Interventions can range from “nudges” that alter people’s behavior without forbidding any options to designs that are much stronger than nudges and are, in effect, efforts to enforce conformity.

The bulk of the report describes the theory, research, and application of BE in six public policy domains: health, retirement benefits, social safety net benefits, climate change, education, and criminal justice.  The NASEM committee reviewed current research and interventions in each domain and recommended areas for future research activity.  There is too much material to summarize so we’ll provide a single illustrative sample.

Because we have written about culture and safety practices in the healthcare industry, we will recap the report’s discussion of efforts to modify or support medical clinicians’ behavior.  Clinicians often work in busy, sometimes chaotic, settings that place multiple demands on their attention and must make frequent, critical decisions under time pressure.  On occasion, they provide more (or less) health care than a patient’s clinical condition warrants; they also make errors.  Research and interventions to date address present bias and limited attention by changing defaults, and invoke social norms by providing information on an individual’s performance relative to others.  An example of a default intervention is to change mandated checklists from opt-in (the response for each item must be specified) to opt-out (the most likely answer for each item is pre-loaded; the clinician can choose to change it).  An example of using social norms is to provide information on the behavior and performance of peers, e.g., in the quantity and type of prescriptions written.

Overall recommendations

The report’s recommendations are typical for this type of overview: improve the education of future policy makers, apply the key principles in public policy formulation, and fund and emphasize future research.  Such research should include better linkage of behavioral principles and insights to specific intervention and policy goals, and realize the potential for artificial intelligence and machine learning approaches to improve tailoring and targeting of interventions.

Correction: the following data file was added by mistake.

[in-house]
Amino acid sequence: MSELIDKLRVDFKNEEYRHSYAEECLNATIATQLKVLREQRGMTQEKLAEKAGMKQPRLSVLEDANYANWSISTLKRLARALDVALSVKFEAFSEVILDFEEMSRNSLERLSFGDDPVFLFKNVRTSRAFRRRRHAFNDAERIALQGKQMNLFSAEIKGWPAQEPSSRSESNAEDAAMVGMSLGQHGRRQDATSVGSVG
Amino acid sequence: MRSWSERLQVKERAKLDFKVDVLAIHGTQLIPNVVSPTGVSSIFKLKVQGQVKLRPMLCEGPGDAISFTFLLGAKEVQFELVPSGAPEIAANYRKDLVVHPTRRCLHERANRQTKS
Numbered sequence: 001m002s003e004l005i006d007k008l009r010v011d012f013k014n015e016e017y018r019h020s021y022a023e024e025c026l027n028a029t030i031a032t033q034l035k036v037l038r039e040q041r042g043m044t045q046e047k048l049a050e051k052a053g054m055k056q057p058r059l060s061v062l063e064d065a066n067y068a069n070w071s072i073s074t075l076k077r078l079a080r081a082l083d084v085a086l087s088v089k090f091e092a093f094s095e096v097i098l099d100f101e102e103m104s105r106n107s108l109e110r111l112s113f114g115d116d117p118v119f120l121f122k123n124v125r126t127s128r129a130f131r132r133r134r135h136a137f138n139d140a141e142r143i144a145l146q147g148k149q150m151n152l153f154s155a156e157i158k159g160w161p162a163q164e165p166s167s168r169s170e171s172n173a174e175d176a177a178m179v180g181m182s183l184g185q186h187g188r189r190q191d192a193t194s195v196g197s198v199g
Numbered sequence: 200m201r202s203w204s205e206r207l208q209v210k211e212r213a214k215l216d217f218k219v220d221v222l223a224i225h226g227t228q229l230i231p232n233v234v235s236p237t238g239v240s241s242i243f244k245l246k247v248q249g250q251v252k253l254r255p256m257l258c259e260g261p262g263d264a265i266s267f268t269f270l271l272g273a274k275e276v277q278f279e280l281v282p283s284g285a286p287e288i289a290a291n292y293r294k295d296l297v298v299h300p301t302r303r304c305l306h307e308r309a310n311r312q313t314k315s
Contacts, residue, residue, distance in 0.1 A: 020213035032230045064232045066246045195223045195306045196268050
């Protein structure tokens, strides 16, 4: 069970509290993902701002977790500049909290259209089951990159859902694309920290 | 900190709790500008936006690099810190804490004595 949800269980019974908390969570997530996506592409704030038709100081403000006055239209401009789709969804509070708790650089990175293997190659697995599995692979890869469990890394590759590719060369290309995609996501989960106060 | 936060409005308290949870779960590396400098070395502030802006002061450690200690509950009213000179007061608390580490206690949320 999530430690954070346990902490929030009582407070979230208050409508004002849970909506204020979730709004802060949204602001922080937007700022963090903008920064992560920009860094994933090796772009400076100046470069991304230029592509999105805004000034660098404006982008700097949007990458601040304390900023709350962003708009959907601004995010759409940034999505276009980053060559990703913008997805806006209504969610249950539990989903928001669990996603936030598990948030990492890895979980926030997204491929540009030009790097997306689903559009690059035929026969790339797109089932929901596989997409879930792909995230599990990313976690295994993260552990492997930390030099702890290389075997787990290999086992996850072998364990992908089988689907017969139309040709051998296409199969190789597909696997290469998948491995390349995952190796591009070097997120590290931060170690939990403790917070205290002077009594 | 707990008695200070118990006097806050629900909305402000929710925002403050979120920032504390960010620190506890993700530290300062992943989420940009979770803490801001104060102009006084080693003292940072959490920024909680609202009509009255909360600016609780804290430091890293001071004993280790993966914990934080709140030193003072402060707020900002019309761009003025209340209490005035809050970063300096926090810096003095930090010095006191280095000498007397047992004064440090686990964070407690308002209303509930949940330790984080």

Our Perspective

We have written about decision making for years, mostly about how organizational culture (values and norms) affect decision making.  We’ve also reviewed the insights and principles highlighted in the subject report.  For example, our December 18, 2013 post on Daniel Kahneman’s work described people’s built-in decision making biases.  Our June 6, 2022 post on Thaler and Sunstein’s book Nudge discussed the application of behavioral economic principles in the design of ideal (and ethical) decision making processes.  These authors’ works are recognized as seminal in the subject report.

On the subject of ethics, the NASEM committee’s original mission included considering ethical issues related to the use of behavioral economics but ethics’ mention is the report is not much more than a few cautionary notes.  This is thin gruel for a field that includes many public and private actors deciding what people should do instead of letting them decide for themselves.

As evidenced by the report, the application of behavioral economics is widespread and growing.  It’s easy to see its use being supercharged by artificial intelligence and machine learning.  “Behavioral economics” sounds academic and benign.  Maybe we should start calling it behavioral engineering.

Bottom line: Read this report.  You need to know about this stuff.

*  National Academies of Sciences, Engineering, and Medicine, “Behavioral Economics: Policy Impact and Future Directions,” (Washington, DC: The National Academies Press, 2023).